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CD: AmazonUK
Download: Classicsonline

Anton BRUCKNER (1824-1896)
Symphony no. 6 in A Major (1881)
SWR Sinfonieorchester Baden-Baden und Freiburg/Sylvain Cambreling
rec. Konzerthaus, Freiburg, 16-23 January 1998. DDD
GLOR CLASSICS GC09241 [52:45]

Experience Classicsonline

This is a great Bruckner 6. It is one of three Bruckner recordings from Cambreling and the SWR Baden-Baden und Freiburg Orchester. The others, symphonies 4 and 9, both have their merits, but this Sixth is the best of them. Cambreling is a very solemn Brucknerian, which can lead to excessive dourness elsewhere, but here gives a welcome sense of conviction and purpose.

The opening is a case in point. Those trumpet fanfares a few pages in give lighter textures than in many of Bruckner’s expositions – still not light as such, but light for Bruckner. Cambreling maintains a clarity of texture throughout all these brass passages, and in the following sections of interplay between the woodwind and the strings. But he also maintains a keen sense of purpose throughout, so the music has all the solemnity of the Eighth or Ninth symphonies’ first movements, which combines well with the clearer textures of the Sixth’s lighter scoring.

My one complaint is with the lack of atmosphere in the quieter sections. That focus on direction and purpose often means that Cambreling takes an excessively functional approach to the quieter music. This is most apparent in the middle movements. The Adagio is slightly faster than other recordings I’ve heard, but considerably more four-square. It is a controlled, almost calculated, reading with little very little rubato. And the caesura breathing spaces between the phrases often feel slightly rushed. On the other hand, the conductor’s tight control of the ensemble allows him to create chamber music precision in the woodwind ensemble passages.

The Scherzo also risks being too matter of fact. This is the one movement where Cambreling’s solemnity becomes counter-productive. It is one of the few movements in Bruckner where a sense of humour is required to pull off the extreme contrasts between will-o-the-wisp woodwind and farcically bombastic brass. Cambreling doesn’t see it that way all, and presents the movement as if it were the Scherzo of the Ninth, all weight and drive.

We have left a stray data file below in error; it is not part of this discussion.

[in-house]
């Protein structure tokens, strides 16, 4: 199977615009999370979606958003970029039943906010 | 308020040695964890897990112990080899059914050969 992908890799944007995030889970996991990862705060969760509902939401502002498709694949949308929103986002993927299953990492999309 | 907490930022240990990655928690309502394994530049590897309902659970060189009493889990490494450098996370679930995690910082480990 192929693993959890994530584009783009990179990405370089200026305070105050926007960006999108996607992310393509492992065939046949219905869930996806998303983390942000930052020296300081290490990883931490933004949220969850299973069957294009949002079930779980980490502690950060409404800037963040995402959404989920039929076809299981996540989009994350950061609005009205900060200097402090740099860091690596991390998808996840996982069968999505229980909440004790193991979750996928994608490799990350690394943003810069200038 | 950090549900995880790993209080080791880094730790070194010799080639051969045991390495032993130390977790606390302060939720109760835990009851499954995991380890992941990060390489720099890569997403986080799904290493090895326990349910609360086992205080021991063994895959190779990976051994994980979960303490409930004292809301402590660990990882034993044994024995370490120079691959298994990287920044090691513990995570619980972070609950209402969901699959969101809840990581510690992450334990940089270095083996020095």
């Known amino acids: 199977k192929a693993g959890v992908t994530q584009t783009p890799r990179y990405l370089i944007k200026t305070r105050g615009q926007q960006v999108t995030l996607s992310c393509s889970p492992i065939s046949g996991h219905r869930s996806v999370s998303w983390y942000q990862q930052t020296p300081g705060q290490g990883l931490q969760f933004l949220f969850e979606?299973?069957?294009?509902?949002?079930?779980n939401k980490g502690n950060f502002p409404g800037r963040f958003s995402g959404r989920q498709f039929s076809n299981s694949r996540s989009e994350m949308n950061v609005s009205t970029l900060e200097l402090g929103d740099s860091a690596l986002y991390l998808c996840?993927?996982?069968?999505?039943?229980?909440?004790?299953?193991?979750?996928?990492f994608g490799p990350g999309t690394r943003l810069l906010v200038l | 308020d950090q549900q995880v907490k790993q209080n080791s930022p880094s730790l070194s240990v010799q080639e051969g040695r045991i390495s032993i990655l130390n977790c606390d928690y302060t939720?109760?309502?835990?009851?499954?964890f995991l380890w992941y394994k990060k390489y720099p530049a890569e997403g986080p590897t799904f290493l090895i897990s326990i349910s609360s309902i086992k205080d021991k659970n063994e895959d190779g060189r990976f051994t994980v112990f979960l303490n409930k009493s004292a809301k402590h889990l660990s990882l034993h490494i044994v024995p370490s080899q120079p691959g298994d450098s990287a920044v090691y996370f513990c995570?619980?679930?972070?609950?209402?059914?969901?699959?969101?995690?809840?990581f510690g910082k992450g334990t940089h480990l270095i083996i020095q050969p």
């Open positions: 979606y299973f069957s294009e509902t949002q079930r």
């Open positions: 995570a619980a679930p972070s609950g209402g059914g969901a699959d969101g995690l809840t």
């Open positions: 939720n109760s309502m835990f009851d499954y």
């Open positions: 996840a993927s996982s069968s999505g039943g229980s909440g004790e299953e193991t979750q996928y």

These are small complaints though. Cambreling’s interpretation is both coherent and passionate, essential properties that are all too rare among Bruckner interpreters. He also has a real ear for detail. He, the orchestra and the recording team should all be congratulated for the crispness of the sound and the extent to which details of the score are articulated. Going back to the Scherzo, the interplay of the raindrop descending figures between the flute and the pizzicato strings is excellent, evenly balanced yet timbrally distinct, a delight! I’m also impressed with the bass in the mix, with the lower strings, the lower brass and the timpani coming through with crisp precision, and with the power and weight that Cambreling’s focused interpretation requires. The orchestra must know this piece like the back of their hands, but they really keep it fresh, and the playing of every section stands up well to the scrutiny of the superior audio.

So what next for Cambreling and his SWR forces? This recording demonstrates a distinctive and passionate approach to Bruckner’s music, both sensitive to its Romantic expression and keenly aware of its need for architectural structuring. How about a recording of the Fifth Symphony; that could be a real triumph.

Gavin Dixon








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